Voices of the Lebanese youth: the survivors of today, the leaders of tomorrow

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Photo courtesy of Getty Images

By Sara Kanso

It took me a while to be able to put what I am feeling into words, because it was not easy (and still isn’t) to fathom the size of the catastrophe manifesting in front of my eyes. I am writing this reflection piece to be as raw and as realistic as possible, so that whoever is reading right now can imagine being in my shoes - in the Lebanese youth’s shoes.

I was born and raised in Lebanon. They call it the “Land of Stars”, the “Switzerland of the East”, where everyone dresses beautifully, invites you to long tables of the tastiest food, and hosts the best parties, where the mountain meets the sea and every Sunday is family day. In Lebanon, you are always surrounded by culture, art, diversity, and most importantly, love. All of this is condensed in a 10,452 km² magical piece of land. But I believe you already know this, right? Lebanese people are spread all over the world, trying to convey this message, trying to tell you that we may be coming from this little point on the map, but it is a beautiful point that is home to so many hopes and dreams.

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Photo courtesy of LiveLoveBeirut

Little did we know that these hopes and dreams could not thrive in Lebanon. We live in a country that is mismanaged to the extent that 2,750 tons of explosive material blew up in the middle of the city. They were left there for six years, and until this moment, no one gave a clear reason why. For six years, we have been driving, dining, sightseeing, and laughing next to a time bomb. More than 150 lives have been lost (so far), more than 5,000 injured, and more than 300,000 left homeless. These are not just numbers; these are grandparents, mothers, fathers, husbands, wives, children, and friends. These are people who had work to finish at the office, dine-out plans at their favorite restaurant, nurses coming in for their night shift, toddlers playing in their toy house, and the list goes on. What have they done to face such a tragic fate? They were simply ruled by a government that has the wrong people in the wrong position.

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Photo courtesy of LiveLoveBeirut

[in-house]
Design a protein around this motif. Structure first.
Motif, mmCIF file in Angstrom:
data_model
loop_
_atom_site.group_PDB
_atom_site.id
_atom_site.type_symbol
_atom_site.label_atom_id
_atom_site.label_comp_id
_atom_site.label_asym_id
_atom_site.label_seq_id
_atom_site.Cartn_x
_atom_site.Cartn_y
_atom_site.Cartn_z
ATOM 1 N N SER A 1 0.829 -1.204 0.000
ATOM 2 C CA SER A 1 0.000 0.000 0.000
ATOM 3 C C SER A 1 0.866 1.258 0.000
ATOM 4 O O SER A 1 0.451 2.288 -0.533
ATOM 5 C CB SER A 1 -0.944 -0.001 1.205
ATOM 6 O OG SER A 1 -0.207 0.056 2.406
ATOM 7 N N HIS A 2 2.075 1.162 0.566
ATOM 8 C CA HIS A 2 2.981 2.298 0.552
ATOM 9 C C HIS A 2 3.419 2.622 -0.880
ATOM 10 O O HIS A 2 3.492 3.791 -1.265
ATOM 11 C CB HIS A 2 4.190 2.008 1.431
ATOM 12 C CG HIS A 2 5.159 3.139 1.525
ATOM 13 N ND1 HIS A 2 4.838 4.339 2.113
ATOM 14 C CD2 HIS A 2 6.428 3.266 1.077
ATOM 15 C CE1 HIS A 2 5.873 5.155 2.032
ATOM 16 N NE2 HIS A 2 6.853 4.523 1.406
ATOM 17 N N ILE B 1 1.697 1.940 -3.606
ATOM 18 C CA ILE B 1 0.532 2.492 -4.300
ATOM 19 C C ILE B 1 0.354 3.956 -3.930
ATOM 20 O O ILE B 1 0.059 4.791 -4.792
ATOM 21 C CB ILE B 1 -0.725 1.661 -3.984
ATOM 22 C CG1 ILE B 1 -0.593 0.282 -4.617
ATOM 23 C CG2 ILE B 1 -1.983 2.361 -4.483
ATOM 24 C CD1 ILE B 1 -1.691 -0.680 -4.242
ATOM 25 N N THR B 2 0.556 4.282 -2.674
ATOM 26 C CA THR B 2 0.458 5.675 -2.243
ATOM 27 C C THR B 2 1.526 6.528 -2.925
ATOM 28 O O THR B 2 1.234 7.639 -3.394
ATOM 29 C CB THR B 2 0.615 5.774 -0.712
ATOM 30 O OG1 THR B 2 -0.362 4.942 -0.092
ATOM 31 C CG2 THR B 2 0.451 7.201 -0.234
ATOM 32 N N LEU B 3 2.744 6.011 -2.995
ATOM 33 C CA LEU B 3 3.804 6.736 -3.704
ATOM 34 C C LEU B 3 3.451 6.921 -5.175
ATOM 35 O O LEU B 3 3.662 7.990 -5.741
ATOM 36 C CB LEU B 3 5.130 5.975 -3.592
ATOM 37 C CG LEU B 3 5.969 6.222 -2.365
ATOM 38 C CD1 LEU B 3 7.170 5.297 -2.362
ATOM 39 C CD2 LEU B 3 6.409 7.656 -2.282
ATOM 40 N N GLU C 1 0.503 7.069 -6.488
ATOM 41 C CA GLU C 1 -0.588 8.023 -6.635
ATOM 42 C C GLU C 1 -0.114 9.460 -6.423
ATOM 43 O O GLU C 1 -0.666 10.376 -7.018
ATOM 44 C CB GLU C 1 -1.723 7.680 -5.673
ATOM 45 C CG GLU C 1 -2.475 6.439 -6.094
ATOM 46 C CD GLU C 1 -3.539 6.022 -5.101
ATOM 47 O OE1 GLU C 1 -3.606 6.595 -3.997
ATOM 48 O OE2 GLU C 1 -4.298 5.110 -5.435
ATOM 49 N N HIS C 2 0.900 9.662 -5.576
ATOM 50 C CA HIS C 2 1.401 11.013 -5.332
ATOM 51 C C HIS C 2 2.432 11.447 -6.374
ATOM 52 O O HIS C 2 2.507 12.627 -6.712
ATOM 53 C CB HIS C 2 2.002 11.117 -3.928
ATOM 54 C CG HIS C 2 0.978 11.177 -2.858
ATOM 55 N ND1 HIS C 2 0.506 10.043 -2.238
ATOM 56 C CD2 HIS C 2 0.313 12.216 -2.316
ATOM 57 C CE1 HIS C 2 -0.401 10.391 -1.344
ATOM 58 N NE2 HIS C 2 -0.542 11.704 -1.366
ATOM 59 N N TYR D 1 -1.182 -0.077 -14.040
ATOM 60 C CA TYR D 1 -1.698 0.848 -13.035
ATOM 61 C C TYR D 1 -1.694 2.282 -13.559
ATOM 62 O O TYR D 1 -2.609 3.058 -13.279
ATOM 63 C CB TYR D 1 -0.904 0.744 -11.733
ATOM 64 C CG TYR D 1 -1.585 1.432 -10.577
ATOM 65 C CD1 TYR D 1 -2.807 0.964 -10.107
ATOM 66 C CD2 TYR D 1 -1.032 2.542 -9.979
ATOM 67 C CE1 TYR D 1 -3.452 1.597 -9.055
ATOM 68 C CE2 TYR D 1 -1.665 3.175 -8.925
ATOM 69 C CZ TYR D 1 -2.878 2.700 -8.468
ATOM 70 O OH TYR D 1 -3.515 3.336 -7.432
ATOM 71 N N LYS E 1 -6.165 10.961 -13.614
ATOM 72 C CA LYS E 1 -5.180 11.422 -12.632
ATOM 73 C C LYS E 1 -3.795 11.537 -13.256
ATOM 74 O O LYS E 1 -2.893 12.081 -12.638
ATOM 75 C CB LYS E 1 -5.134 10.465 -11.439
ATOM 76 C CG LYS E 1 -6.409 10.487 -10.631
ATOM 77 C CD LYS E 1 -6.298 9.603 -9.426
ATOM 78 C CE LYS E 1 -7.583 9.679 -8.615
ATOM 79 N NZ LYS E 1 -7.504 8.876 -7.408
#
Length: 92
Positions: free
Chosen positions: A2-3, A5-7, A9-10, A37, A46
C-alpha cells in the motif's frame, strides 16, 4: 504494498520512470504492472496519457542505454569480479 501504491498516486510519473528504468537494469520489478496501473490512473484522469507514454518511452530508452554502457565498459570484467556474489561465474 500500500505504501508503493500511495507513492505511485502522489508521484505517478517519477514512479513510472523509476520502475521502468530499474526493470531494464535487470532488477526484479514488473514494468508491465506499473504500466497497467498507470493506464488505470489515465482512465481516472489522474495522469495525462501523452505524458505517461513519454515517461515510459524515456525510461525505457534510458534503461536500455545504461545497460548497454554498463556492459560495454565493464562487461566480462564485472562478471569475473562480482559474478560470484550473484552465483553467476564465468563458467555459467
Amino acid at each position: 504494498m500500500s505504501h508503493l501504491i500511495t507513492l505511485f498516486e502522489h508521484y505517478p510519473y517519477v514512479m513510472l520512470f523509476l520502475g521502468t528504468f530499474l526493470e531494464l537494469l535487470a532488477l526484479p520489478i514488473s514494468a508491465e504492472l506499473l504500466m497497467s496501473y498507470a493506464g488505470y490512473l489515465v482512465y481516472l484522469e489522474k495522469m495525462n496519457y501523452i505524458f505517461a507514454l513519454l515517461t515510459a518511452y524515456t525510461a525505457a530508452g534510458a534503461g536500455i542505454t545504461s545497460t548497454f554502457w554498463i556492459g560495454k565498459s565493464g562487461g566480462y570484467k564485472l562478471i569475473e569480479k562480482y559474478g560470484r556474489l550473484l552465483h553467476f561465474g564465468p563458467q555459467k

This is not an accident, it is a manmade crisis. This is the collective result of long years of corruption, nepotism, and cronyism. The government that should be serving its people is burying them instead. We do not need condolences and moments of silence over victims who could have been alive if it weren’t for the ruling class’ outrageous greed and exploitation. What we need are leaders, inspirational figures who have the audacity to stand against corruption in all its forms, and visionaries with pristine plans for a better future. We need someone to do what is right.

People should be put first and foremost; those in charge should be sitting at their desks everyday thinking of ways to provide a better quality of life for their people. This does not call for a hero or a miracle, this simply calls for effective leadership.

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Photo courtesy of LiveLoveBeirut

Imagine if we had true leaders over the past years; what would Lebanon look like right now? We would have seen skyscrapers rather than ruins, high quality education that wouldn’t force parents to sell all their properties to afford, full day electric power rather than a 2-hour peek of light, free healthcare insurance, and old age security to mention the least. But most importantly, we would be living rather than merely surviving.

Having experienced all these unfortunate circumstances, the Lebanese youth have become more resilient than ever. We recognize what is right, what is wrong, and the thin line between both. We refuse to be pigeonholed and deprived from our right to dream. We will not continue to mourn the cataclysmic shortcomings of a ruling class that seizes every chance to kill opportunity and stunt growth. We, the survivors of today, are the leaders of tomorrow, and this is how a country that is destroyed - in every possible way - will be rebuilt.

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Sara is a Demand Planner at Reckitt Benckiser, Chemical Engineer, and One Young World Ambassador. Being a Lebanese citizen and an active member in her community, Sara was deeply impacted by the Beirut explosions on August 4th, and wanted to voice her country’s tragedy through our global platform.

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